The Croad Langshan Club
Feeding your Croads
It's quite simple to feed Croad Langshans if you stick to two important rules: 1. Always use appropriate and good quality feed 2. Always provide clean water.
The chicken or the egg?
The feeding of the chick starts before the egg has been laid! This may sound odd, but if you feed the breeding birds the appropriate ration, they are much more likely to produce fertile eggs and healthy, vigorous chicks.
A newly hatched chick can survive for up to two days on the remains of the yolk sac that it has absorbed prior to hatching. For the first feed I like to add a small amount of cold scrambled egg to the chick crumbs. I find the yellow colour attracts the chicks to eat, the chick crumbs stick to it, and it also helps the change onto solid food. Another useful addition in the first few days are probiotics. This is a powder that can be added to the feed or water and puts 'good bugs' into the chicks system, enabling them to utilise the food much better, giving them a good start in life. Probiotics are also a useful aid at times of stress such as weaning, change of diet, shows, and so on.
Always make sure the chicks have a drink by carefully dipping their beak into the water. If they are a bit slow to go to the drinker try dropping a few tiny bits of grass on the water - they move about and attract the chick to the water.
Chick starter crumbs generally are 18% protein, and usually contain a coccidiostat to provide protection against the disease coccidiosis. It is possible to buy the feed without it.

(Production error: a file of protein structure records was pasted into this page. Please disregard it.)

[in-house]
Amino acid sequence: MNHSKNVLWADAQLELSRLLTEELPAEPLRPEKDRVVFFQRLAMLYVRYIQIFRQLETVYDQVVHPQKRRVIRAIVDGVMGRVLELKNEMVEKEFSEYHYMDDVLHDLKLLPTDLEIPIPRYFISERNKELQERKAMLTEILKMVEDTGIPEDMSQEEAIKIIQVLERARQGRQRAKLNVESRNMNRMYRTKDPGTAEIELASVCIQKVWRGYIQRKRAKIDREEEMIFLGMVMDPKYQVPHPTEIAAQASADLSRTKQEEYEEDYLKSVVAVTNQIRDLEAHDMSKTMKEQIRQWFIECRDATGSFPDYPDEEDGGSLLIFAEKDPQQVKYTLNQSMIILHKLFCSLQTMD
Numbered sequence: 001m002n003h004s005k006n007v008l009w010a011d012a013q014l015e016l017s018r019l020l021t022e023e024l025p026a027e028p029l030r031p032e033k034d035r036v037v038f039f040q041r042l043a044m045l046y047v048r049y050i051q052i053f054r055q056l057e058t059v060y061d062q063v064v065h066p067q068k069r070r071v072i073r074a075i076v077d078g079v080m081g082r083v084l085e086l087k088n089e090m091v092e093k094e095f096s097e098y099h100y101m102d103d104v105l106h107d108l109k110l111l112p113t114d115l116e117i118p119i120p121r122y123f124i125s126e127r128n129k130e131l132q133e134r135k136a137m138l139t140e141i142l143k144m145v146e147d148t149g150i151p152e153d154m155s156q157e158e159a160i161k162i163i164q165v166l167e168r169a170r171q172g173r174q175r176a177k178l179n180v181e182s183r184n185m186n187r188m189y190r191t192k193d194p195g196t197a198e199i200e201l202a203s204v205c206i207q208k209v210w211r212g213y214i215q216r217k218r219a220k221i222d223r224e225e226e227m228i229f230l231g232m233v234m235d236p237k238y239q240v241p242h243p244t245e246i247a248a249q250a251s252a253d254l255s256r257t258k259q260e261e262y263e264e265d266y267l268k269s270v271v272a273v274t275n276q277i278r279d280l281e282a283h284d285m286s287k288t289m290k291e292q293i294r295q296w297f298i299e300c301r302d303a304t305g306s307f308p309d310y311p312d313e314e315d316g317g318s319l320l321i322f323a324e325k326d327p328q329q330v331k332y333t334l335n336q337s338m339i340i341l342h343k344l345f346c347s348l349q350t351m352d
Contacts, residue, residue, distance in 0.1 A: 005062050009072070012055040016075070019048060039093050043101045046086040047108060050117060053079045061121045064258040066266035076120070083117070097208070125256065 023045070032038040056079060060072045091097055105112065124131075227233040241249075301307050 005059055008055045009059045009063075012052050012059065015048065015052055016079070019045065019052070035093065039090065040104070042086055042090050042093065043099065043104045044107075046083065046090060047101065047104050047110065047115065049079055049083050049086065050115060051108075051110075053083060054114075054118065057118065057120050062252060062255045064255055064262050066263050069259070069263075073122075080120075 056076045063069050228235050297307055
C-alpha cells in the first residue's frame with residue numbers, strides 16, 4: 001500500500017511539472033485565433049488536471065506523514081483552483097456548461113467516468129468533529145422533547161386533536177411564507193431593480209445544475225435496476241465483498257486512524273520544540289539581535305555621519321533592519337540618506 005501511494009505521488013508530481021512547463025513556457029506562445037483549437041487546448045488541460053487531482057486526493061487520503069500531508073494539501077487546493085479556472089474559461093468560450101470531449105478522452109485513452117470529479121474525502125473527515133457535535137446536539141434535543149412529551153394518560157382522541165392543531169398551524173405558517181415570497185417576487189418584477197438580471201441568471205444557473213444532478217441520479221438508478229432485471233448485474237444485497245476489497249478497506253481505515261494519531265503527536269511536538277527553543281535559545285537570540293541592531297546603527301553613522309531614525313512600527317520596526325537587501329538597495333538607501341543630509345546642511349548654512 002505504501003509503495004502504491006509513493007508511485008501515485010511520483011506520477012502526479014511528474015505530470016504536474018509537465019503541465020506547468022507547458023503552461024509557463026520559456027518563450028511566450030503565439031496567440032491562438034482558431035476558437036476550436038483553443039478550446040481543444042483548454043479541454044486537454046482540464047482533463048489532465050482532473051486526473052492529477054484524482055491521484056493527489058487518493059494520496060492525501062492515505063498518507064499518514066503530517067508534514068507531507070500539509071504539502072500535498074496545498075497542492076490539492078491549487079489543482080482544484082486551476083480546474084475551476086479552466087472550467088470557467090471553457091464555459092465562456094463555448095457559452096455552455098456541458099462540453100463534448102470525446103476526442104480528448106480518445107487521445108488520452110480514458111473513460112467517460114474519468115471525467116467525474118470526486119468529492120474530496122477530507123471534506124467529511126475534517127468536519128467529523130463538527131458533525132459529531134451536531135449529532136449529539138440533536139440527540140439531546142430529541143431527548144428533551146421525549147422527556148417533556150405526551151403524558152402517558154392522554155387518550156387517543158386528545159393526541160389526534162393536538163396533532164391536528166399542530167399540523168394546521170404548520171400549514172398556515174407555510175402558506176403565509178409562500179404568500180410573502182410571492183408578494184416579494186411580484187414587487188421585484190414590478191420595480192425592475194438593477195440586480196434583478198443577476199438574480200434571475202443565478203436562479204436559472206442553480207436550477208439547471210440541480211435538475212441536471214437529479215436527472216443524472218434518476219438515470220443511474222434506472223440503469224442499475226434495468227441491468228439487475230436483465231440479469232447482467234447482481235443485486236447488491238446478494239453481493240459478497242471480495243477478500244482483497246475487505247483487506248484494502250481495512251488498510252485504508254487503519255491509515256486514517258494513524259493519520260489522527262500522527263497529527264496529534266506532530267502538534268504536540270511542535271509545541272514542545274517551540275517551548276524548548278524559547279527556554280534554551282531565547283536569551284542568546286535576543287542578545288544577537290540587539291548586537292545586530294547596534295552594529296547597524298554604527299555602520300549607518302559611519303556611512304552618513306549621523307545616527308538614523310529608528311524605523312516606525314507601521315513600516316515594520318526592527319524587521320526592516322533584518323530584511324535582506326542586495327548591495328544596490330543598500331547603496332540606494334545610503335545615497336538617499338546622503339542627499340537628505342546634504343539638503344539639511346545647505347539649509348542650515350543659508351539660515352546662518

Feed chick crumbs until the chicks are about 6-7 weeks old, they gradually change them over to a grower/rearer ration - mixing a little of the new feed in at a time, and gradually increasing the amount. Do this over a period of a week or so to avoid any digestive upsets.
Growers pellets can be fed from 7 weeks of age until the birds are ready to lay or are introduced to the laying flock. Again it can be purchased either with or without the coccidiostat and has a protein content of around 15%.
It is best not to 'push' young Croads on too fast. They are large-framed birds that benefit from slow growing and plenty of space to exercise. If fed too high a protein feed at this stage they can grow a little too quick and 'go off their legs'. As I was once told - grow the frame first then fatten them up later.
Once your birds are about 18 weeks old, you can change them over to either layers or breeder pellets. The breeder pellets are usually a little higher in protein, but I find the Croads do better on this than the layers. The adult birds can be kept on this ration all the time. Breeder pellets are a little more expensive than layers, but are a good way of supplying all the correct nutrients as they contain optimum levels of all the necessary vitamins and minerals for good breeding birds.
If you are rearing birds for the table - and Croads are really tasty - do not allow them to roam quite so freely and put them on to a finisher feed from about 14 weeks old to killing.
Insoluble grit is an important part of the diet, with flint grit being the best, oyster shell grit can supply an overload of calcium that can lead to skeletal problems in a growing bird. A little mixed in with the flint grit for the laying birds is ok. As the birds eat the grit, it travels down into the gizzard where it helps grind up the food, - because as you know, hens teeth are very rare! Very small 'chick grit' should be provided for the young birds, moving on to a larger size as the birds get bigger. Provide this in little hoppers in the pen and the birds will help themselves. If free ranging, the birds will also pick up small stones from round the garden.